Daniel Hauer lives in Vietnam, is married to a local woman and speaks fluent Vietnamese.

He has a wide local following on Facebook and Youtube for his English language teaching videos and his observations about Vietnamese and Western culture.

But a joke about General Vo Nguyen Giap triggered widespread condemnation on social media. Hundreds of people are calling for him to stop teaching and leave the country.

He has since posted an apology video, was summoned by the authorities and is now facing a fine or a warning. It is thought to be the first time a foreign citizen has had to appear before officials for comments posted online.

Communist Vietnam has a high rate of social media usage, but exercises strict control over the internet, filtering out content deemed undermining of the government of its values.

Tight control

Its censorship rules have often been used to silence government critics and several dissident bloggers have been jailed.

On Wednesday, three activists Vu Quang Thuan, Nguyen Van Dien, and Tran Hoang Phuc were sentenced to between six and eight years in jail for distributing propaganda against the state.

In 2017, popular environmental blogger Mother Mushroom received a 10-year prison sentence under similar charges.

The same year, 22-year old blogger Nguyen Van Hoa was sentenced to seven years for writing about a toxic spill from a factory poisoning millions of fish.

In 2015, activist lawyer Nguyen Van Dai was arrested without trial after already having served a lengthy sentence previously.

Mr Hauer's controversial comment was trivial, in comparison.

It came last week, when the country was swept up in a wave of patriotism after its under-23s football team made it all the way to the finals of the Asian Cup, Vietnam's biggest ever football success.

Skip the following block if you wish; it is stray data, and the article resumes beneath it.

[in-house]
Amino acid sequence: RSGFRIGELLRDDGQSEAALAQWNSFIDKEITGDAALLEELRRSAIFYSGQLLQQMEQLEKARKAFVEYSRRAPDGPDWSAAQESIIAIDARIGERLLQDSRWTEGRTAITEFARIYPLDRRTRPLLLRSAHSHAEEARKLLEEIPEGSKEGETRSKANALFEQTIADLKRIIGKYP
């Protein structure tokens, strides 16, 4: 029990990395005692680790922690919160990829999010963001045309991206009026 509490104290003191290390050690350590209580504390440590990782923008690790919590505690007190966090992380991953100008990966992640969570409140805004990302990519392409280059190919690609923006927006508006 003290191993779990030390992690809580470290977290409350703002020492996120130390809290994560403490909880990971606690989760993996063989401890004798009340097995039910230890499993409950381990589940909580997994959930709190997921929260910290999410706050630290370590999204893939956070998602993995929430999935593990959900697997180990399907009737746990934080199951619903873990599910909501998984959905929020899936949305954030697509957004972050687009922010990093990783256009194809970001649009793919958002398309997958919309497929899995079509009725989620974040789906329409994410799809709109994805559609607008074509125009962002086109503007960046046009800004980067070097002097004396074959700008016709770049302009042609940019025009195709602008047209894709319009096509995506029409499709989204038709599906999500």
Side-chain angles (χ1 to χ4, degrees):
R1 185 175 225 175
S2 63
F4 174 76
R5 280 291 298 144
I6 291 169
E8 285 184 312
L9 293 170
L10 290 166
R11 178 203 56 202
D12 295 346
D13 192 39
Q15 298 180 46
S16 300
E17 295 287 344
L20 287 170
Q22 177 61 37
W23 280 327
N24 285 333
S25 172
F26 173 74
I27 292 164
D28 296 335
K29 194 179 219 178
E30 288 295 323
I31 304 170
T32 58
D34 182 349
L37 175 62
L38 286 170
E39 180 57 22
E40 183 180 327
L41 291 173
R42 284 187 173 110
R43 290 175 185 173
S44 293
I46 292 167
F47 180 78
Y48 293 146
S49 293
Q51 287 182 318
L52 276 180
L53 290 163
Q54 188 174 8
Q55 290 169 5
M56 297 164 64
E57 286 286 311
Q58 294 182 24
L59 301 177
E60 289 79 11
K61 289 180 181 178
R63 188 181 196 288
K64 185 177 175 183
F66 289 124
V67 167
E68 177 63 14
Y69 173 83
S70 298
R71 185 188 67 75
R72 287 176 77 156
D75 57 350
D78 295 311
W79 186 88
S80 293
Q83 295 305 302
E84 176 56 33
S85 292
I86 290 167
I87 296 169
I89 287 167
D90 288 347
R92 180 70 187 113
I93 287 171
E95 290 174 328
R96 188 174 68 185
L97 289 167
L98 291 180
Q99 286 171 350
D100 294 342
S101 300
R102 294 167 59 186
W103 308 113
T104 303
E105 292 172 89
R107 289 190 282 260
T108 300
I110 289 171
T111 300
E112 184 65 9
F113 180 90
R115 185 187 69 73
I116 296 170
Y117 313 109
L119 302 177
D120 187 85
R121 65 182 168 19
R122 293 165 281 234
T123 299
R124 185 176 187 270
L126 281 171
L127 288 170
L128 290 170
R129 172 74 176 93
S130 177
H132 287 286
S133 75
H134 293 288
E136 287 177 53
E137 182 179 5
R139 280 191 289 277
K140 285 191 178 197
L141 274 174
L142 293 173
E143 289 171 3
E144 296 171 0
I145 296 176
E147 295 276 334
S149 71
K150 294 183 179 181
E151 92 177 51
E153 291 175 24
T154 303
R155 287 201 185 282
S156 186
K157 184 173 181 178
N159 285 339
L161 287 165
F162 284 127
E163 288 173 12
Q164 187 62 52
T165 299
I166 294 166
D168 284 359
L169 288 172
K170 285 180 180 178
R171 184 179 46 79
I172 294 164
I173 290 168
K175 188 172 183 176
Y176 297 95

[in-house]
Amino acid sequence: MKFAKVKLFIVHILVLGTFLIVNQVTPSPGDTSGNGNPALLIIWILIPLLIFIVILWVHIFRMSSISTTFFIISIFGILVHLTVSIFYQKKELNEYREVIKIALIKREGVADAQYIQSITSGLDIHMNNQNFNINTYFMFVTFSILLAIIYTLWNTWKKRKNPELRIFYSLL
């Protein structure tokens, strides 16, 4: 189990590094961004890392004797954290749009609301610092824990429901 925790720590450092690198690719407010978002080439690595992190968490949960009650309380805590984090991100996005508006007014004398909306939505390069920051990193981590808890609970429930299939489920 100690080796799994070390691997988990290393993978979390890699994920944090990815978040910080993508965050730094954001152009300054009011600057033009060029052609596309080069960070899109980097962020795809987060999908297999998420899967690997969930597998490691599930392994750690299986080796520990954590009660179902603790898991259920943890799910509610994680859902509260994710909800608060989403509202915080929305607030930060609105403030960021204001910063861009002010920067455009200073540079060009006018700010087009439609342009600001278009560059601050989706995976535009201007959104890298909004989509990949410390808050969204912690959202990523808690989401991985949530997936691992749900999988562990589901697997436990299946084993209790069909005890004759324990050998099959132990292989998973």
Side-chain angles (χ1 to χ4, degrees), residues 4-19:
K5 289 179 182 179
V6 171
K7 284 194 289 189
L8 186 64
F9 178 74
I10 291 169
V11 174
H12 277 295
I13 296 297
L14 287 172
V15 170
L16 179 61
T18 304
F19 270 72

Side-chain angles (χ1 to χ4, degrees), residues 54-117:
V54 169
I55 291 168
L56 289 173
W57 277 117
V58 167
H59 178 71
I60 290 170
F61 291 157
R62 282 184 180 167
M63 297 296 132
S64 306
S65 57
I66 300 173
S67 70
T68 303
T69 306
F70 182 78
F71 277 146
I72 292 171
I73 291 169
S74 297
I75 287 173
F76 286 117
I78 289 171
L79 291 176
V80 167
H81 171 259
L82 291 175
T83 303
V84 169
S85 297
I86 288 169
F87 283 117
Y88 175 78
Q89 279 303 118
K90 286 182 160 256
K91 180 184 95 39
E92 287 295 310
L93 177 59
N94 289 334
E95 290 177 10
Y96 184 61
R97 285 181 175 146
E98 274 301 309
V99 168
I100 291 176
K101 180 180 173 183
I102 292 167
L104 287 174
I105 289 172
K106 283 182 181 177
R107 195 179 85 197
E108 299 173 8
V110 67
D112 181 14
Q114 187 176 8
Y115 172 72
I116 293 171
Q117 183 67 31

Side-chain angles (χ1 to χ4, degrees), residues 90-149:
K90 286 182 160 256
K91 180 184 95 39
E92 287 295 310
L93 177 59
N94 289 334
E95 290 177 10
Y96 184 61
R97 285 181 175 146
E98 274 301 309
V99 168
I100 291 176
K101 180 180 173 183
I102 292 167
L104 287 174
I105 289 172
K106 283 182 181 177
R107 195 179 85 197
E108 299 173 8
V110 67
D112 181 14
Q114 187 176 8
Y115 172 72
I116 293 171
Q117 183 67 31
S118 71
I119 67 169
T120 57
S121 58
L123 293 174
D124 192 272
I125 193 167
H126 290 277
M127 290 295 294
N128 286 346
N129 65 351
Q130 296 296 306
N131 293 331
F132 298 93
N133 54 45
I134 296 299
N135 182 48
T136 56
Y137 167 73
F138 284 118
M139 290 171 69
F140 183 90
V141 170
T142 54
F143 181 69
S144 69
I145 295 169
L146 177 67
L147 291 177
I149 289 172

A Facebook commentator had said he would get a tattoo of the Vietnamese flag, should the country win.

In a hyperbolic joke, the English teacher said that was nothing - after a Vietnamese athlete recently won a gold medal, he said, he'd got a penis piercing making his testicles resemble Gen Giap.

General Vo Nguyen Giap is revered for leading successful military campaigns against both the French and the US. He passed away in 2013, receiving a grand funeral.

Fury and condemnation

Mr Hauer's flippant remark first caused widespread protests online and eventually made it into the news on national state television.

Many online commentators were not holding back with furious condemnation, asking for him to be deported, leave the country and accusing him of gross cultural insensitivity.

Yet there are also other comments pointing out that a sincere apology would be enough to eventually set things straight again while some even sympathise with him.

The grandson of Gen Giap also publicly shared his anger about the post, initially in a strongly worded comment and which he later replaced with a more toned down one saying "millions of people who love him Gen Giap felt the anger caused by this foreigner's insult".

'Not meant as an insult'

But Mr Hauer was also in trouble with the authorities.

A controversial law introduced in 2013, known as Decree 72, bans online activity if it falls under certain categories, including opposing the government, harming national security or insulting honour and dignity of organisations and individuals.

Mr Hauer's comments are thought to fall under the latter category,

The US citizen, who declined to speak to the BBC, has apologised for his post, saying he had made a distasteful joke but had not meant it as an insult to the general or the Vietnamese people.

He added that the reaction to the post had taught him a lesson and that he wanted to personally apologise to the family of the general.

According to officials, he now faces a warning or a fine of up to 100m Vietnamese Dong ($4,390; £3,131).

Fellow expat Cameron Lucy runs a Facebook group for foreigners in Hanoi and appeared on Vietnamese TV to comment on the case.

He told the BBC that Mr Hauer likely "didn't understand how serious the situation was."

"It is never a good idea to insult a national hero, especially when you're a visitor to that country. I'm sure Dan is really regretting his comment now and very sorry for that."

By Hoang Nguyen & Andreas Illmer - BBC Vietnamese - February 1st, 2018